Monday, November 15, 2010

Rosaryville Veterans Day 50K, November 13, 2010

JeanneLouWho, elegantly attired in a red wool coat, matching red beret and a star spangled silk scarf, beautifully sings the National Anthem on a brilliantly clear crisp fall morning for the 89 runners awaiting the 8 a.m. start of the inaugural Rosaryville Veterans Day 50K in Upper Marlboro, MD. Some of the runners join in. Members of the United States Naval Academy's cross country team stand at attention. The race, put on by the Annapolis Striders, is taking place in Rosaryville State Park, a 982 acre hidden gem just a few miles southwest of Andrews Air Force base off US 301. The Washington, DC, area is blest with trails, and these are ones that those of us who live north of DC don't know about.

The course consists of three loops of the ten mile-long single track Perimeter Trail, with about 3/4 of a mile in a mowed field and then some park road from a pavilion at the beginning of the race to spread out the field, and the same stub for the return. The track is mostly in the woods and gently undulating without much in the way of serious ascent or descent. There are a few tree roots and even fewer rocks, but nothing that requires much more than ordinary attention and not enough to distupt running stride. The trail has two stream crossings, but today the water is down. One stream is easy to leap over and the other has a log in it the enables a dry crossing. The course twice goes under a powerline and briefly skirts a pair of fields. There are two aid stations on the course, the first at the point where the loop begins and ends, and the second halfway around the loop.

It is cool at the start with temperatures in the mid-30s, but will warm to 63, so dressing is a bit of a challenge. I elect to start in my shorts, but wear a cap, gloves and my Miwok buff around my neck. Within a couple of miles I've taken off the hat but the gloves last a while longer. After the first loop I drop the gloves and hat at the aid station which also doubles as a place where runners can leave drop bags. The volunteers return all the bags and other items left at the station to the start before the end of the race.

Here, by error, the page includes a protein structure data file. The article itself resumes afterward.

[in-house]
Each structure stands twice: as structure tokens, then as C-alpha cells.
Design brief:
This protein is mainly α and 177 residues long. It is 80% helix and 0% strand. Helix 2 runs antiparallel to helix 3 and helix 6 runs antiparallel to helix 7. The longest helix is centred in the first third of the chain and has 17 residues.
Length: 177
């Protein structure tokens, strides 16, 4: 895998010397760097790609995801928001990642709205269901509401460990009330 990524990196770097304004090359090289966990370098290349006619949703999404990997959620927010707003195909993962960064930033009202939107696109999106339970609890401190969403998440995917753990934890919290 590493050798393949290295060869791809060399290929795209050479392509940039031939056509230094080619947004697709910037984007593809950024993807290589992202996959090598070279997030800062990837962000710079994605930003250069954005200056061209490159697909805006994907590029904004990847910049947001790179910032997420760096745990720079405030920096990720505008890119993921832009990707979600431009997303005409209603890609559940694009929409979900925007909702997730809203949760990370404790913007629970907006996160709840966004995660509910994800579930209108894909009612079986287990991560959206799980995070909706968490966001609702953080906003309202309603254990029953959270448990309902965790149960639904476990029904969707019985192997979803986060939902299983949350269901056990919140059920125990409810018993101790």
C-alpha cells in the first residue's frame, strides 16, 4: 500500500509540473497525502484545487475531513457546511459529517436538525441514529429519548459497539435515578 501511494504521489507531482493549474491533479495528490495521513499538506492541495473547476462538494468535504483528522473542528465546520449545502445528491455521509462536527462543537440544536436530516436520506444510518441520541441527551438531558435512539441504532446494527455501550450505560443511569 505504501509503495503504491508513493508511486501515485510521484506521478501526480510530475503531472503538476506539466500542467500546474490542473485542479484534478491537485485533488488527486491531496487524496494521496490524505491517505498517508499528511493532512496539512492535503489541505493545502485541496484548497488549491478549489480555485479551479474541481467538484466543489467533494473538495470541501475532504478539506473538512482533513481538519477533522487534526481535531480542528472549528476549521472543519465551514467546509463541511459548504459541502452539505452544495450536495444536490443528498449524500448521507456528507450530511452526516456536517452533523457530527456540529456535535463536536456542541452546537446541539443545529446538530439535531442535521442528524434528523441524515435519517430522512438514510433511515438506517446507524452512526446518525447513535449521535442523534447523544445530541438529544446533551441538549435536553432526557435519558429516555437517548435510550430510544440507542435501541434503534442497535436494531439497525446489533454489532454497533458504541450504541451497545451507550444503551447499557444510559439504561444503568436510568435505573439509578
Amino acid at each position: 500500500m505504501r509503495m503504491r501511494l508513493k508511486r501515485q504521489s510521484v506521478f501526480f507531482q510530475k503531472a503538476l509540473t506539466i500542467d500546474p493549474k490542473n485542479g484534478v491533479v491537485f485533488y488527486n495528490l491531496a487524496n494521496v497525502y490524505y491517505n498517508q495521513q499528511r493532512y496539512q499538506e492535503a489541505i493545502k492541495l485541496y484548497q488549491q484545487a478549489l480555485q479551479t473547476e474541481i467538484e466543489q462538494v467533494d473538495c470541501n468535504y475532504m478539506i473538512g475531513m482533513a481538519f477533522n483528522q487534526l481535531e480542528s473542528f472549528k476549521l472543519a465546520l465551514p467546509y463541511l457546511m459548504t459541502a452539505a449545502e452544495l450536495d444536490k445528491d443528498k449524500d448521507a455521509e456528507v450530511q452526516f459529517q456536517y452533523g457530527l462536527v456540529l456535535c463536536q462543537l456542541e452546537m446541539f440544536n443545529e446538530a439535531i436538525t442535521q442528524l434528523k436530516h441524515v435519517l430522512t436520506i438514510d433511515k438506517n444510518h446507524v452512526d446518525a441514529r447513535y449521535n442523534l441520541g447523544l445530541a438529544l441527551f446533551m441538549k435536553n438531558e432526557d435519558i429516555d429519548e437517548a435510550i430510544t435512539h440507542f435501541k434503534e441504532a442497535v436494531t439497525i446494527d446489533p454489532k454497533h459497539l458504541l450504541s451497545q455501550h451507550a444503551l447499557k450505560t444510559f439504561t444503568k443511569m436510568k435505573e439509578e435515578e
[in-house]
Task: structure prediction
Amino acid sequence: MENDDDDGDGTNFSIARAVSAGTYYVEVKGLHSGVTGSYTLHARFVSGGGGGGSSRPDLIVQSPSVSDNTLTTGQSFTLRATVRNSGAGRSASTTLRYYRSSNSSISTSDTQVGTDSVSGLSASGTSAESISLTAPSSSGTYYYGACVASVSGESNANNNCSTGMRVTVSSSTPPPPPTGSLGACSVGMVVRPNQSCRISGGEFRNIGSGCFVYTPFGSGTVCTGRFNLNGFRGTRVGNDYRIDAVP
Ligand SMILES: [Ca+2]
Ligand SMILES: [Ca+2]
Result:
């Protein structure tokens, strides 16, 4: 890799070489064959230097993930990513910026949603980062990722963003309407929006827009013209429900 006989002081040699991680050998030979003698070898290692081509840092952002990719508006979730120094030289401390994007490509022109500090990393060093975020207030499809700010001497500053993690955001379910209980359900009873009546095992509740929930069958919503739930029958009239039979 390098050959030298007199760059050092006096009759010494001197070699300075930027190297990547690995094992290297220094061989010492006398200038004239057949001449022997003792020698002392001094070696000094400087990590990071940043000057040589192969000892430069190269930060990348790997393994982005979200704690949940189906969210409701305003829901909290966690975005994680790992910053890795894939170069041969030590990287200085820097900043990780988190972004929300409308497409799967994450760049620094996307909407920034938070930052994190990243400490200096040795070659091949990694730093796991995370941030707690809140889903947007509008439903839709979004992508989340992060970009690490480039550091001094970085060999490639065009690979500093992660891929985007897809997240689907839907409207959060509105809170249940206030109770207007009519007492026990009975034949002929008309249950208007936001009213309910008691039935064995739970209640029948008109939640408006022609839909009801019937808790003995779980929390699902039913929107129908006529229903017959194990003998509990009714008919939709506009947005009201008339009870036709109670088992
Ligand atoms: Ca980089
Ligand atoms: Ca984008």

A couple of weeks earlier at the Marine Corps Marathon I had success with a run seven minutes, walk one minute strategy and I've decided to use it again. I have some trouble figuring out how to maximize use of my watch for the cycle, but after about 15 miles I have it figured out. What the solution means however is that I routinely won't be flipping back to either the time of day or lap time functions on the watch. And that means that I won't know how I'm progressing.

The course is very well marked and since the footing is pretty good, one can spend some time looking at the scenery. There are no spectacular views as there are at other races, but the woods are infused with a golden light from from the mostly yellow and brown leaves on the ground and on the trees. A moment of inattentiveness allows a rise in the ground to catch my foot and I stumble and fall gently, dirtying my right calf, but without so much as an abrasion on either my leg or my hands. "Down but not out," I assure a runner who sees me fall, as I pop back up.

Passed the second aid station a runner tells me that trail bikers use the course. As if on cue a couple of riders come toward us. We'll see bike riders the rest of the day going in both directions, but all are unfailingly polite and there are no problems over sharing the trail. Later I meet a woman riding her horse in the woods, but mostly on trails that cross the trail we are running on.

I finish the first loop in 1:53. A bit quick I think. A flicker of a thought that I can go under six hours crosses my mind. On the plus side, the course is very runnable, I've now seen it all, and there are no difficult sections. On the down side is that there are still 20 miles to go, the day is getting warmer and slowing down is inevitable.